3D Printing Functional Prototypes with Wöhler and Formlabs

Creating Functional Prototypes

Wöhler are makers of the Wöhler HF 5500, a wood moisture meter that’s used to measure the moisture content of wood. During the development of the product, the team needed a way to manufacture a looks-like, works-like prototype in-house so they could test their designs before moving the project into the moulding and production stage. Sebastian Leifels, a product designer at the company, was put in charge of making it happen.

At first, he used an FDM (fused deposition modeling) 3D printer but found it couldn’t produce the detail or accuracy needed. Looking for alternatives, Leifels discovered high-resolution stereolithography (SLA) 3D printing with the Formlabs Form 2.

Introducing SLA

Leifels sought a new way to manufacture prototypes because the prototype for the moisture meter required several different materials. FDM didn’t support the materials required, and it wasn’t precise enough to reliably test the casings with internal components and electronics. With FDM, manufacturing prototypes was laborious, with the complex process of designing a mould for casting, printing it on the FDM printer, casting flexible parts for the mould and post-processing the parts to smooth the surfaces. This would take weeks and eat into design time.

“This was a time-consuming process and we were still unable to provide fine details.” says Leifels, “Now, we have simplified our process by producing direct prints of detailed parts on the Formlabs 3D printer.”

Taking quality up a notch

One of the areas Leifels wanted to address with FDM was detail. SLA is a more precise 3D printing technology than FDM, allowing for greater accuracy and detail. Due to this, it offered the team a way to manufacture casings in one go without the need for much post-processing. This would allow the team to manufacture higher quality prototypes and increase speed, a doubly good deal for any design process and team.

Creating Functional Prototypes

With a solution now at hand, the team used Formlabs Black Resin for the case and Flexible Resin for the keypad and got to work manufacturing a prototype that looked and functioned like the real thing. With FDM, it would have been an impossible task printing very thin but durable keypad walls. SLA brought new capability to the studio and was able to achieve a far higher level of detail and quality. This meant fewer iterations and less build time.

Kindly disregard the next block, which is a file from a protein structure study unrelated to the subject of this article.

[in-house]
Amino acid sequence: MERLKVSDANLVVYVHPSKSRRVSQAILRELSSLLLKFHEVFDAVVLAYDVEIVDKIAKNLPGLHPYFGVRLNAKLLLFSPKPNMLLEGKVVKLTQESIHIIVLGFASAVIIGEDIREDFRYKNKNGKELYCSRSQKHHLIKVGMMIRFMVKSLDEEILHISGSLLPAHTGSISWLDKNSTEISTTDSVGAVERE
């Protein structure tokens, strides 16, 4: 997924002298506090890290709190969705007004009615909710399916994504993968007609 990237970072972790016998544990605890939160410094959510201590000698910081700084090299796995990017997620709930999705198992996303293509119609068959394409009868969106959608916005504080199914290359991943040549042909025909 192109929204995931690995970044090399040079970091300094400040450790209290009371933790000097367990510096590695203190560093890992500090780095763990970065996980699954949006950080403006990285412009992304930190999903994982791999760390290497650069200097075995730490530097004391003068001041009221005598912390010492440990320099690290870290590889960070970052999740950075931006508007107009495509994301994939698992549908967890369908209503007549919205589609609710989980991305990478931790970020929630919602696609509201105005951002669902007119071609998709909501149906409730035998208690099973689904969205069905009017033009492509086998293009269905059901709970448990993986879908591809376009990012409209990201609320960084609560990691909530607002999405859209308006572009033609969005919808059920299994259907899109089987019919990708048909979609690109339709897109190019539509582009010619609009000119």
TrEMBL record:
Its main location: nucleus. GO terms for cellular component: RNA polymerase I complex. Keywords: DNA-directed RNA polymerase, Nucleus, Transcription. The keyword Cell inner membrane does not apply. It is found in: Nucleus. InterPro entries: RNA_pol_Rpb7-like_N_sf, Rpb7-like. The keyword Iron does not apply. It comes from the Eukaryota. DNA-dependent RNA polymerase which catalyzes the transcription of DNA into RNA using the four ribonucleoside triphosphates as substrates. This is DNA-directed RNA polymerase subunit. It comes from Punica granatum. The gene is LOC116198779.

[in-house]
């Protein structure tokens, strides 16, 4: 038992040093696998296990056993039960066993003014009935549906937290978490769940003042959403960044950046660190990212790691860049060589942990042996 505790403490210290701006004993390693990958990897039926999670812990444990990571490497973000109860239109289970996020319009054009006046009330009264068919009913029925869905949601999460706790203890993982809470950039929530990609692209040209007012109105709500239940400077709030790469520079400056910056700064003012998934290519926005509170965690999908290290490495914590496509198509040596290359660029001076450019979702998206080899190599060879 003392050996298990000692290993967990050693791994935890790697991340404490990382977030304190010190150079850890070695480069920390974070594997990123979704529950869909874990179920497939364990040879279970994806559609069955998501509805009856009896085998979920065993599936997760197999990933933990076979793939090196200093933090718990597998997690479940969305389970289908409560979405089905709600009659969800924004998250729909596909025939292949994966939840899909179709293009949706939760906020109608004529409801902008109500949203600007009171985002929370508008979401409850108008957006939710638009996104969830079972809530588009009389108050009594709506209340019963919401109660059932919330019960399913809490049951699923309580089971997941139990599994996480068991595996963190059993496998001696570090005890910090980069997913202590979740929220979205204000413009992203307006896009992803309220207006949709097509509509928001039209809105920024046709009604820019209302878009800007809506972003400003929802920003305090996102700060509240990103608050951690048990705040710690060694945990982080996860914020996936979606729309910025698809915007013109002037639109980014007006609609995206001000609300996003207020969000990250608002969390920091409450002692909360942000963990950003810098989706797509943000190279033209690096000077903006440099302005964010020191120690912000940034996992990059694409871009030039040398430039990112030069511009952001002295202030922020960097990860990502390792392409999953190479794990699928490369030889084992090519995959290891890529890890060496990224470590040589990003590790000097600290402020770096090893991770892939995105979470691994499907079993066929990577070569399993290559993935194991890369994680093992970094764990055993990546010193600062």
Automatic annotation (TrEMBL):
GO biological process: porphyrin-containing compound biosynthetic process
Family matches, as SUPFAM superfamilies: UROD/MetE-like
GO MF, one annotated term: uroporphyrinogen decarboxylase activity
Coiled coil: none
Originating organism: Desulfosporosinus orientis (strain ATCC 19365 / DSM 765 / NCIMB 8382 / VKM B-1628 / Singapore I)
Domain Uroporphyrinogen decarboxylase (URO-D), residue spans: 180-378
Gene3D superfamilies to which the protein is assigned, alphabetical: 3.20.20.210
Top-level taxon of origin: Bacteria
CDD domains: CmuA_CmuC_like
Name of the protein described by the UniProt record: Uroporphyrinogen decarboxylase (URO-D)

“With the Formlabs desktop 3D printer, the prototype production was reduced from several days to a few hours. By producing various parts and the housing on the printer, we saved several weeks in the entire development process.”

SLA has also enabled the team to extend their range of model testing without risk of damaging their prototypes. Each new part can be thoroughly tested in-house before it goes into mass production. That’s because Black Resin is exceptionally durable and comparable to the final production material.

Creating Functional Prototypes

Using a single machine to produce multiple prototypes has opened up new prototyping possibilities for the Wöhler team. In this particular application, they created the Wöhler HF 5500 prototype device’s soft keypads and hard case with the Form 2 using different resins. And because the quality is so high, there’s virtually no risk of having to rework the device further along the manufacturing chain. In other words, prototypes do their jobs properly first time.

“3D printing in-house with functional materials such as Flexible Resin allowed me and my team to conduct a range of tests with the prototypes without any damage or functional constraints of the part. With the Form 2, we have the advantage of testing the parts for each device before mass production. The risk of reworking the device later is low.”

3D Printer: Formlabs Form 2

Materials used: Black Resin, Flexible Resin.

This information was first published on the Formlabs website. You can check out more product design case studies like this one here.